With a significant proportion of lower-value cases being registered at the ICC (cases not exceeding US$2 million represented 36.3 percent of the cases registered in 2019), the ICC expects this change to increase the number of cases submitted to the expedited procedure, thereby promoting time and cost efficiency.
The 2021 ICC Rules introduce a new provision concerning remote hearings. This reflects the modern practice of international arbitration, particularly in response to the restrictions arising from the COVID-19 pandemic.
This follows the ICC’s Guidance Note on Possible Measures Aimed at Mitigating the Effects of the COVID-19 pandemic, which provides guidance concerning the organisation of conferences and hearings in light of COVID-19 considerations, including conducting such conferences and hearings remotely.
Whether an arbitration is suitable for a remote hearing is highly specific to the individual considerations of that particular dispute. Videoconferencing is not new in arbitral proceedings. Following the COVID-19 pandemic, the question has arisen whether holding hearings by video (either fully virtually or in a hybrid part-video and part-physical form) should become general practice. The fast multiplication of technology service providers has accelerated the phenomenon of remote hearings and has underscored its pros and cons. By way of example, remote hearings raise due process concerns such as whether witnesses are coached or prompted off-screen. Another concern is whether the tribunal can assess fully the credibility of a witness in a virtual setting. Some parties also question the efficacy of witness cross-examination without the benefit of the in-person hearing dynamic and raise concerns over difficulties communicating with and within their legal team in a virtual setting. At the same time, remote hearings do present advantages, including cost savings. This is particularly true for small cases that do not warrant in-person hearings, and for case management conferences.
A new Article 26(1) provides that an arbitral tribunal may, after consultation with the parties, decide to hold hearings remotely by videoconference, telephone conference or other appropriate means of communication. Article 19.2 of the 2020 LCIA Rules introduced a similar provision allowing hearings to take place “in person, or virtually by conference call, videoconference or using other communications technology with participants in one or more geographical places.” The reference in both rules to other means of communication accommodates future innovations in remote hearing technology.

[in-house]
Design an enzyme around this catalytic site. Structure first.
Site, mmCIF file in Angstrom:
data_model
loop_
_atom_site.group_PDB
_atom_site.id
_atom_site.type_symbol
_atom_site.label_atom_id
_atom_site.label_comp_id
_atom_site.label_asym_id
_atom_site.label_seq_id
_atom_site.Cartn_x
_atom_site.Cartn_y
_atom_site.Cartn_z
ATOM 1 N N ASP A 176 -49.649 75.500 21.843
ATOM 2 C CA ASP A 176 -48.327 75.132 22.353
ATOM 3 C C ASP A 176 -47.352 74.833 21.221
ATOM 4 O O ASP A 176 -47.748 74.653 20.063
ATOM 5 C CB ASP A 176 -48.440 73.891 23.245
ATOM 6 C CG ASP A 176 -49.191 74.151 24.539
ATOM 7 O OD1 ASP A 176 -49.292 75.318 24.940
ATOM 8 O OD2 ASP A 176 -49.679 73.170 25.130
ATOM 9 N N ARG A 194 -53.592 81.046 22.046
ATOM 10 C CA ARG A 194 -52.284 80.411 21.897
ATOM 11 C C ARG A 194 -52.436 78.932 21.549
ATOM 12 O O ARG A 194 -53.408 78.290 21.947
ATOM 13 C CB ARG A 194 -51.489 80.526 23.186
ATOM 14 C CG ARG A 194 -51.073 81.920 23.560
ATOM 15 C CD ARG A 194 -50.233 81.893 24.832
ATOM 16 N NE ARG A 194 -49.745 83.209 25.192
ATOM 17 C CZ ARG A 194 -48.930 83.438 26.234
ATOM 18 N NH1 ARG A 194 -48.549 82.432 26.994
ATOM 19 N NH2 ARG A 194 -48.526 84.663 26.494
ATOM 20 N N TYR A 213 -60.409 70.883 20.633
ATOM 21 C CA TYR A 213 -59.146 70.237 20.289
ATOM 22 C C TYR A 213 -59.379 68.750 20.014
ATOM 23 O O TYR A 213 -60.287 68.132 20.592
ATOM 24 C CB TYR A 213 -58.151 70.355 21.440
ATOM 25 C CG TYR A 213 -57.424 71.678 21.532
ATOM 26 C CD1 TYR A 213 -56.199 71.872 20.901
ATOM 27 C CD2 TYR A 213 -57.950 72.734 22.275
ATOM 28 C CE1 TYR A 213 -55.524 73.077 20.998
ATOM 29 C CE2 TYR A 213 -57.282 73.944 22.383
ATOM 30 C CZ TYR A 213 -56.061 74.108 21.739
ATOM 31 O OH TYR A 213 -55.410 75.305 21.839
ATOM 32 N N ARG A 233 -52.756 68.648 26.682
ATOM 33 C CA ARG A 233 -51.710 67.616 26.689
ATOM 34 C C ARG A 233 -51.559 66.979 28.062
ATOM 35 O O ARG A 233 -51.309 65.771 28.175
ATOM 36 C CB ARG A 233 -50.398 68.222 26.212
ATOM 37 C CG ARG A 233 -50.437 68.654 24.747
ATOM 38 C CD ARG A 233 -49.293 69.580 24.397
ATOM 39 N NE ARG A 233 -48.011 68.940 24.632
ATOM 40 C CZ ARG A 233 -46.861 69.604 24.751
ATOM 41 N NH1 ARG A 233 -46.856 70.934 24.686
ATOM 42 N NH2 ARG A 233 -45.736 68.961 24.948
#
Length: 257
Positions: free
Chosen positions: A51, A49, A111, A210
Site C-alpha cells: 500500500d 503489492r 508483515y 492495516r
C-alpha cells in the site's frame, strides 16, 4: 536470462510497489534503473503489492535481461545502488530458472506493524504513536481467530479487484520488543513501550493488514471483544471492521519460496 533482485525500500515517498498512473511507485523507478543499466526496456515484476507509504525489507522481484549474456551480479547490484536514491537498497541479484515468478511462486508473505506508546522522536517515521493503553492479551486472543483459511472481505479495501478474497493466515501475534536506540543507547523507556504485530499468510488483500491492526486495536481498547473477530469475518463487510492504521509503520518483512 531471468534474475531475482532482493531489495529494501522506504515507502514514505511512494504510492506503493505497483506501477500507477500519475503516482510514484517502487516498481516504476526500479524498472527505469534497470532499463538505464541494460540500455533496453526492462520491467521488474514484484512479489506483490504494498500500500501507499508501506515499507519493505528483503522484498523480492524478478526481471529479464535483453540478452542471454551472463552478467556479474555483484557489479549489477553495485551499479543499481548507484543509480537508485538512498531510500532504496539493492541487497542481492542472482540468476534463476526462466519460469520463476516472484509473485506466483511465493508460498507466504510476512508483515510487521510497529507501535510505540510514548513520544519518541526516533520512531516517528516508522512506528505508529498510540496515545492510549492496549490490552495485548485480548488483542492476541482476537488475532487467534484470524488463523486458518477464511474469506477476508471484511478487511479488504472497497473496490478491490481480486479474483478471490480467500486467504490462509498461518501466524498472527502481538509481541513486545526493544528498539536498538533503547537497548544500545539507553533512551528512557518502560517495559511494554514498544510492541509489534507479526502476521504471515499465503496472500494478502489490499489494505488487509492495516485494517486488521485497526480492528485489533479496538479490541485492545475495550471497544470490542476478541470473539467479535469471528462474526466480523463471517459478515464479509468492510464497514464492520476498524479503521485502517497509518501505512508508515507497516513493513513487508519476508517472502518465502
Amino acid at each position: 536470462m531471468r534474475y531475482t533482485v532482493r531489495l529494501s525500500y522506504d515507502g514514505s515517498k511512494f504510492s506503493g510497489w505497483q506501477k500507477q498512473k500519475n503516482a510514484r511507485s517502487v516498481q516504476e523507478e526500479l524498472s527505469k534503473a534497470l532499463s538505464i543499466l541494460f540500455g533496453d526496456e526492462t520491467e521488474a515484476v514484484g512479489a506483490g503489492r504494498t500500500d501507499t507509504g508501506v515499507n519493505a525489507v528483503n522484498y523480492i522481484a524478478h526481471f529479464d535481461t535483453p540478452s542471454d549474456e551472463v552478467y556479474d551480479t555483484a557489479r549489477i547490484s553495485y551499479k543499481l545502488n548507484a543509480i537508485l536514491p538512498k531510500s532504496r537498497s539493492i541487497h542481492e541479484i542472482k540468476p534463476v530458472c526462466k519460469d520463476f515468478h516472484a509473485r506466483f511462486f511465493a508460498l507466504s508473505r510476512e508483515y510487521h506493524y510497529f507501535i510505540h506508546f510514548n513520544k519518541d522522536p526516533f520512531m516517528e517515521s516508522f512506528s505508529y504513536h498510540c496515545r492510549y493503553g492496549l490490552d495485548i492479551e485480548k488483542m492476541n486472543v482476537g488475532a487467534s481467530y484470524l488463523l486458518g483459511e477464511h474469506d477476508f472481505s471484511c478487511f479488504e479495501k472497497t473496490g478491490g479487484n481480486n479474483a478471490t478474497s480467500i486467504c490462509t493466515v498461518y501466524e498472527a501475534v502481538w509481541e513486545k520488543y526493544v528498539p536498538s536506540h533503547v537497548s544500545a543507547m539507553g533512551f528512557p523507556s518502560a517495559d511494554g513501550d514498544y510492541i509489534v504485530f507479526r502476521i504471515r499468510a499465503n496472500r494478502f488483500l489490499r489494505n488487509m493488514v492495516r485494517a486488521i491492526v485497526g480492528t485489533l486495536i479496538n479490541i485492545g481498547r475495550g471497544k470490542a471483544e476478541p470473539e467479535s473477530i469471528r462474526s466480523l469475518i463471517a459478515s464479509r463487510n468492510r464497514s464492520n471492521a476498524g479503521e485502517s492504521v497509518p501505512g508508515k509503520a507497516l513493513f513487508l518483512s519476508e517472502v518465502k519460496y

Of further interest are changes to provisions relating to written communications and the physical transmission of the request for arbitration and answer to the request for arbitration. The 2021 ICC Rules provide that such pleadings shall be submitted physically in multiple sets only when requested by a party (Articles 3(1), 4(4)(b) and 5(3)). The presumption in favour of electronic communications and filings has also been incorporated in the 2020 LCIA Rules (Articles 1.3, 2.3 and 4.1). This innovation is a welcome step towards more technologically modern and environmentally friendly arbitration practice.
The 2021 ICC Rules also include two new provisions applying specifically to investment treaty arbitrations. This reflects the growing number of such cases involving States and State-owned parties administered by the ICC in recent years.
A new Article 13(6) provides that, whenever the arbitration agreement is based on a treaty and unless the parties agree otherwise, no arbitrator shall have the same nationality as that of any party. This follows the approach adopted in the ICSID Convention (Article 39) and the ICSID Arbitration Rules (Article 1.3).
A new Article 29(6)(c) further specifies that the ICC emergency arbitrator provisions, which provide a procedure for parties to seek urgent temporary relief pending the constitution of an ICC arbitral tribunal, are not available in arbitrations based on a treaty. This provision codifies the ICC Court’s established practice in relation to the emergency arbitrator provisions. In contrast to the 2021 ICC Rules, the use of an emergency arbitrator is permitted in investor-State disputes conducted under the arbitration rules of the Stockholm Chamber of Commerce.